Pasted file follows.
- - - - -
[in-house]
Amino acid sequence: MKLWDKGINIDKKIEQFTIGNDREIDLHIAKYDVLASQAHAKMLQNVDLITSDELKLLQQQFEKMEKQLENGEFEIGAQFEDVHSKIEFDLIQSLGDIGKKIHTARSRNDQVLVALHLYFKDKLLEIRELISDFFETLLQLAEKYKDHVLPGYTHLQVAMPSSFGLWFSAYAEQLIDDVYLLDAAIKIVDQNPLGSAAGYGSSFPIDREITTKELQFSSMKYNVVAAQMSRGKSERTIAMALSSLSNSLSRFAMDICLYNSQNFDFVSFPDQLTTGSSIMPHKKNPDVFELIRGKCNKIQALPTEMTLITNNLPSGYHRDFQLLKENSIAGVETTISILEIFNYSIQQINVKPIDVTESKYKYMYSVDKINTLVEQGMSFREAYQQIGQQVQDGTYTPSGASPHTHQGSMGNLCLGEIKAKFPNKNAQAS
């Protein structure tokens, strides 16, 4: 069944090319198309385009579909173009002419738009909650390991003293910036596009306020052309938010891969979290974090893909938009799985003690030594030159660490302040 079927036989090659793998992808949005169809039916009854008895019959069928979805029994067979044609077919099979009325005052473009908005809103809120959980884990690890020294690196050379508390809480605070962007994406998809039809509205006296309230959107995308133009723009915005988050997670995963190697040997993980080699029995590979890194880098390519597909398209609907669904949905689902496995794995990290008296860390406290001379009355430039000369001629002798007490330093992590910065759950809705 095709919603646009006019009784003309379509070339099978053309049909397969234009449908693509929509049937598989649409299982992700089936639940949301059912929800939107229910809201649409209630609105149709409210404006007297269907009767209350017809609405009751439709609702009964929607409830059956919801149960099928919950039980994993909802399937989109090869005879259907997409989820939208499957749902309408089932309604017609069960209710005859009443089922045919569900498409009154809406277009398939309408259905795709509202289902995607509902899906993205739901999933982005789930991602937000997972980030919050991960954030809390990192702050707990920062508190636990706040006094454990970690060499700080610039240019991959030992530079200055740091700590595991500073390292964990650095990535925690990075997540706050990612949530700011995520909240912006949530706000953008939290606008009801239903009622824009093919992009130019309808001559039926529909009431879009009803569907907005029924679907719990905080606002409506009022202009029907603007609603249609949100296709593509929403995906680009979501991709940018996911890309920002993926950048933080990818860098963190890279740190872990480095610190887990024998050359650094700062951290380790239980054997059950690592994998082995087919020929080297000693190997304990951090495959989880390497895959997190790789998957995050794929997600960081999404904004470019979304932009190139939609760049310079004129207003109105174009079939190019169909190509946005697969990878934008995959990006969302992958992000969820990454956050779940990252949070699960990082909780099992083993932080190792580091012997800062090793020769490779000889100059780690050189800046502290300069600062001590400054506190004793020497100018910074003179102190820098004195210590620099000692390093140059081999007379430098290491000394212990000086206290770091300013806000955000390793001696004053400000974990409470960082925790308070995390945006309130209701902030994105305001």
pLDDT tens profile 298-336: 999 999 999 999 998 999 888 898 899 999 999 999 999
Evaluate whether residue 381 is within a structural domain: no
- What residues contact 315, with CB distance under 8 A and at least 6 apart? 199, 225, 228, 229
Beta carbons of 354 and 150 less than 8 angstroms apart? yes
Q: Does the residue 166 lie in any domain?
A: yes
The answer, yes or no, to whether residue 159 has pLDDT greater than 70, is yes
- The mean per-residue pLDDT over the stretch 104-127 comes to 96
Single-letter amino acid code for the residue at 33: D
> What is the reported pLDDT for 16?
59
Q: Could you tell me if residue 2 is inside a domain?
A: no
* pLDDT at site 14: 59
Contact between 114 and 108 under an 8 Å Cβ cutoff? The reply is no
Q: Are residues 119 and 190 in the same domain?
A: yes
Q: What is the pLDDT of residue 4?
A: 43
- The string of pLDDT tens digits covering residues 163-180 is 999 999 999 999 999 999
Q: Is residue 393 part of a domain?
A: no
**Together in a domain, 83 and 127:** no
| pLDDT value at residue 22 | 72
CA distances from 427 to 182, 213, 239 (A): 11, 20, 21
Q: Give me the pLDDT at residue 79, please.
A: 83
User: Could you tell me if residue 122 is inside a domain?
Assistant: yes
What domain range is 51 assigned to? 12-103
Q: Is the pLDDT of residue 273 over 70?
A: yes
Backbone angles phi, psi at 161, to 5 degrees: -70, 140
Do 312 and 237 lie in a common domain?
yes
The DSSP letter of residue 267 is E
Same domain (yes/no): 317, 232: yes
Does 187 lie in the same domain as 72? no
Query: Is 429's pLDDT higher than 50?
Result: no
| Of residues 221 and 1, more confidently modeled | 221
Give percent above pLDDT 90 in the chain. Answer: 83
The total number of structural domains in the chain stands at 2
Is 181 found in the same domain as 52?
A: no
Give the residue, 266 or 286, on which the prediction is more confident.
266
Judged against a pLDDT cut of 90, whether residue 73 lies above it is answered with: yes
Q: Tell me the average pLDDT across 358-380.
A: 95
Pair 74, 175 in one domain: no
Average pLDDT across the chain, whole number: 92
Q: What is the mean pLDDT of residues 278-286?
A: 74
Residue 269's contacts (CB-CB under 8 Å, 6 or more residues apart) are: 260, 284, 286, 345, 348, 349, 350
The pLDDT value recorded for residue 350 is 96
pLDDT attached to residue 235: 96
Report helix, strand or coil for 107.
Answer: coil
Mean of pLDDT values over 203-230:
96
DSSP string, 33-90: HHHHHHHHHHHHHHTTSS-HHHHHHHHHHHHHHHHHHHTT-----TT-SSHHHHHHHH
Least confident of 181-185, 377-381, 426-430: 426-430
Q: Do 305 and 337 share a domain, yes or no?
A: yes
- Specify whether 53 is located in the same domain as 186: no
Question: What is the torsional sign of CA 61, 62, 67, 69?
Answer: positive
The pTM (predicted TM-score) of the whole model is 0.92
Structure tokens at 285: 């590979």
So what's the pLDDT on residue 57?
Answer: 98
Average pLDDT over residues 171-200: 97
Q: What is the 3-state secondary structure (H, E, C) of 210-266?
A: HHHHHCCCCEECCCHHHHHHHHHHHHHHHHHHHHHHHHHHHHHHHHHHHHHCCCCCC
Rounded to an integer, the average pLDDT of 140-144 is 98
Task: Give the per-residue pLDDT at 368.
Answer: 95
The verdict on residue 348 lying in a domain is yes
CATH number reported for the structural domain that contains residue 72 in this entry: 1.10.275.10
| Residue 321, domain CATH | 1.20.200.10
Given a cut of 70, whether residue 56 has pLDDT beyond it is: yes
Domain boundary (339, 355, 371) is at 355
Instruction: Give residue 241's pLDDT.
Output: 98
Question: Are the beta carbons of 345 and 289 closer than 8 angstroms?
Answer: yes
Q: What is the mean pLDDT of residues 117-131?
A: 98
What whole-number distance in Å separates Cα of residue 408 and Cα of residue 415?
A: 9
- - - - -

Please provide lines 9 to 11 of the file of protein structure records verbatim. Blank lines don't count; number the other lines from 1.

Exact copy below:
A: yes
The answer, yes or no, to whether residue 159 has pLDDT greater than 70, is yes
- The mean per-residue pLDDT over the stretch 104-127 comes to 96